Tuesday, August 15, 2006

Academics and Romance (2): What Is To Be Done?

In the words of one of my favorite romance heroes, Sam Gamgee, "Well, I'm back."

(Lucky Sam gets two romances, by my count: a tragic one with Frodo, and a comic one with Rose. But I digress.)

It's taken me a while to catch up on all of Laura's splendid blogging, and on all of your comments; in fact, I'm not sure I have it all safely in mind, so please forgive me as I offer a few prospective thoughts on the topic of academic approaches to romance. What is (still) to be done?

In last Saturday's post, Laura sorted out most academic scholarship on romance fiction into four categories: analysis of the readers; the historical / social approach; a feminist perspective; and literary criticism. I'd like to dwell on each of these in turn, and suggest some new directions each might take or projects one might undertake in each of them. (I had hoped to write a lengthy post on all four, but there's still a week before my kids go back to school, and that means there is far more pressing work--basement painting, foosball playing, lice checking, supply shopping, and so forth--at hand.)

Let's start with the most common scholarly approach: analysis of the readers.

As Laura observes, this takes both psychological and anthropological form, both of which are at work in Radway's Reading the Romance. Since Radway is neither a psychologist nor an actual anthropologist, of course, there are some limitations to her results, and my sense is that these limitations are growing more and more visible as the years go by. Take, for example, her perfectly reasonable observation that the women in her study use romance reading to carve out time and mental (and physical) space for themselves, and that the books they most enjoy involve someone spending as much time and focus and attention on the heroine as these women spend on others during the rest of their days. Radway reads this data through Nancy Chodorow's Reproduction of Mothering, which leads her to speculations like this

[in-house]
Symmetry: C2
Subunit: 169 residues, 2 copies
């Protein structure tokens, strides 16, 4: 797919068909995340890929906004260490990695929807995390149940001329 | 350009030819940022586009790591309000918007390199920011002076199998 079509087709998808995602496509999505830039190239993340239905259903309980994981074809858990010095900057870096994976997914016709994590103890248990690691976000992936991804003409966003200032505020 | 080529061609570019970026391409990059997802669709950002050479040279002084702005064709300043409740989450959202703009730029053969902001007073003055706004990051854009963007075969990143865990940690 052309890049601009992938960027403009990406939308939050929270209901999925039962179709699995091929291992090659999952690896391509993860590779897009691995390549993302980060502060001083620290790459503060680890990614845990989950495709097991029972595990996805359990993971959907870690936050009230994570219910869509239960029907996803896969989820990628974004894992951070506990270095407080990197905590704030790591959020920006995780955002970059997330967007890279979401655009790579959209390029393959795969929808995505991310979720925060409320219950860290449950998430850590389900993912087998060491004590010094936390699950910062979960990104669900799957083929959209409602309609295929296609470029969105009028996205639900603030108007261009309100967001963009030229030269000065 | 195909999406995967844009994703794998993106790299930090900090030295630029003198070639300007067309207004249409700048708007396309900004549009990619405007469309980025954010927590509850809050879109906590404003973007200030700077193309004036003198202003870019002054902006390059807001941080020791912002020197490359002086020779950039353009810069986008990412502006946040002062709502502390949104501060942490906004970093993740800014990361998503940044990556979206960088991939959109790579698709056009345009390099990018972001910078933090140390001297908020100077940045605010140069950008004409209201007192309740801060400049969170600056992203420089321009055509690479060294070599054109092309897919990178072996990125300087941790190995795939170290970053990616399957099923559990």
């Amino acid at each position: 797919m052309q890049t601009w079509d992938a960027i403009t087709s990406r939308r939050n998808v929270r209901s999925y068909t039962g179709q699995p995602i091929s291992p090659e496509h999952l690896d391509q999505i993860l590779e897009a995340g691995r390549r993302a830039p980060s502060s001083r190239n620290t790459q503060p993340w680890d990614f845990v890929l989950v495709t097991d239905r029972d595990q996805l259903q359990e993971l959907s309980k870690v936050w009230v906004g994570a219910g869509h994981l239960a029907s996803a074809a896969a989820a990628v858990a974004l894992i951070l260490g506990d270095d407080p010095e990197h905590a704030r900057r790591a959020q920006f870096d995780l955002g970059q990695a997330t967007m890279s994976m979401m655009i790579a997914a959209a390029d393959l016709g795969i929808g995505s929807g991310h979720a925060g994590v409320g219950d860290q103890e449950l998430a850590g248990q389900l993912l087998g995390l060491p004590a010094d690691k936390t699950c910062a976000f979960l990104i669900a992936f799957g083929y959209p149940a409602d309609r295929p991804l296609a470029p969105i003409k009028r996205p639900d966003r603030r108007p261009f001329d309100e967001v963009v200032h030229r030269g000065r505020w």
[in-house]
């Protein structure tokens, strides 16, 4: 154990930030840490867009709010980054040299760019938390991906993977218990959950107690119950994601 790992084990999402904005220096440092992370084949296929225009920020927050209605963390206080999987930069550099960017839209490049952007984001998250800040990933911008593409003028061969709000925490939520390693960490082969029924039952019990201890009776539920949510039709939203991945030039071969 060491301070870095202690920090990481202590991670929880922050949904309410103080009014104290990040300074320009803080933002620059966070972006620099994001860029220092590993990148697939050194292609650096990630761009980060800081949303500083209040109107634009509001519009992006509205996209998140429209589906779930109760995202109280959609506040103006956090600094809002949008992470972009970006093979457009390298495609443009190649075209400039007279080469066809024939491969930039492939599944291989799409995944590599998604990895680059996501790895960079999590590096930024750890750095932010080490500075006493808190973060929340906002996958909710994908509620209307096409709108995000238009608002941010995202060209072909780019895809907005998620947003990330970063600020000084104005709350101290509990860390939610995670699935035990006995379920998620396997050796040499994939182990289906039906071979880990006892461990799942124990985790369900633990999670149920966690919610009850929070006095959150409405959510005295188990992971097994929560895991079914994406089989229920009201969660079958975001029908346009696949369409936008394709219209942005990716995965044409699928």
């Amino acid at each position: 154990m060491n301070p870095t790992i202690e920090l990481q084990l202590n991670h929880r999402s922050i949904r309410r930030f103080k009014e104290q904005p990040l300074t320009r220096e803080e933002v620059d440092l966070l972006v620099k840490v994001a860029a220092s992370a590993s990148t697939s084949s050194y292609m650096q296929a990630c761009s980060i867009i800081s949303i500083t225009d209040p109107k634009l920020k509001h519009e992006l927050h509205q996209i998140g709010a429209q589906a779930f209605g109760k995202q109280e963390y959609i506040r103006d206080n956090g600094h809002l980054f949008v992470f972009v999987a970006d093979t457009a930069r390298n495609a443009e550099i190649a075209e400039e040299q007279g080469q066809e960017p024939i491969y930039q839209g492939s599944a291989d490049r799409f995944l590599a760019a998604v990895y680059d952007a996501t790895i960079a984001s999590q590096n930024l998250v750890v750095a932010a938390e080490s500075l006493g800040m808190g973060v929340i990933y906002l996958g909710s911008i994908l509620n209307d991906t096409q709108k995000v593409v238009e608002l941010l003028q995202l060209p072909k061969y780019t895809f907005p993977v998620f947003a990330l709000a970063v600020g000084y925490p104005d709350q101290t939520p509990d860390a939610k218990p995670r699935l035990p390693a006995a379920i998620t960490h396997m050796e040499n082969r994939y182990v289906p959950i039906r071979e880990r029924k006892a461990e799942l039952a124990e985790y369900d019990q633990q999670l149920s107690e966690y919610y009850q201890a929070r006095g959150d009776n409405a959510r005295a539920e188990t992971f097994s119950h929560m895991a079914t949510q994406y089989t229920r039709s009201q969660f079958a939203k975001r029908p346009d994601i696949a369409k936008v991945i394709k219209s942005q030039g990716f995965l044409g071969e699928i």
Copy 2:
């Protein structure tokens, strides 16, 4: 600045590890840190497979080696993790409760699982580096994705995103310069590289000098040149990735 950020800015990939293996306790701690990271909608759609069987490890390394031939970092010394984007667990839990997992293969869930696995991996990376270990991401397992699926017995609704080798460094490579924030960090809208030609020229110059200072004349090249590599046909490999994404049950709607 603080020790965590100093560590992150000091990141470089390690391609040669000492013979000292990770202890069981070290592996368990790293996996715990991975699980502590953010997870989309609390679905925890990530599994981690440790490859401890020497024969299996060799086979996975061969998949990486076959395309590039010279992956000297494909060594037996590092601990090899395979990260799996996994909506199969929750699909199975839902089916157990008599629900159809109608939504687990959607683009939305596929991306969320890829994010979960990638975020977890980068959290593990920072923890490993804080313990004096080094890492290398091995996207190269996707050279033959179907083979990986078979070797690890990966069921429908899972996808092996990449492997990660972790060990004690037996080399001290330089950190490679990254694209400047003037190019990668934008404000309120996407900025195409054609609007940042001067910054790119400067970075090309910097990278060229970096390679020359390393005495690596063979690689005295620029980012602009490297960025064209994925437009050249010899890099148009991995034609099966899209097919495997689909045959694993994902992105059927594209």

"the heroine's ...terror and feeling of emptiness most likely evokes for the reader distant memories of her own initial separation from her mother and her later ambivalent attempts to establish an individual identity" (138, my emphasis)
and this
"the fantasy that generates the romance originates in the oedipal desire to love and be loved by an individual of the opposite sex and in the continuing pre-oedipal wish that is part of a woman's inter-object configuration, the wish to regain the love of the mother and all that it implies--erotic pleasure, symbiotic completion, and identity confirmation" (146).
I am, I should confess, profoundly skeptical when it comes to psychoanalytic criticism in general. I find it pseudo-scientific, inclined to pretention, and generally a 50 Euro way to express a $5 thought. Does Radway have any evidence that the distress of the romance heroine awakens these distant memories? Has she said anything more substantive, in the latter passage, than "the fantasy that generates the romance originates in the desire to love and by loved by a member of the opposite sex who supplies the female reader with erotic pleasure, symbiotic completion [whatever that means], and identity confirmation"?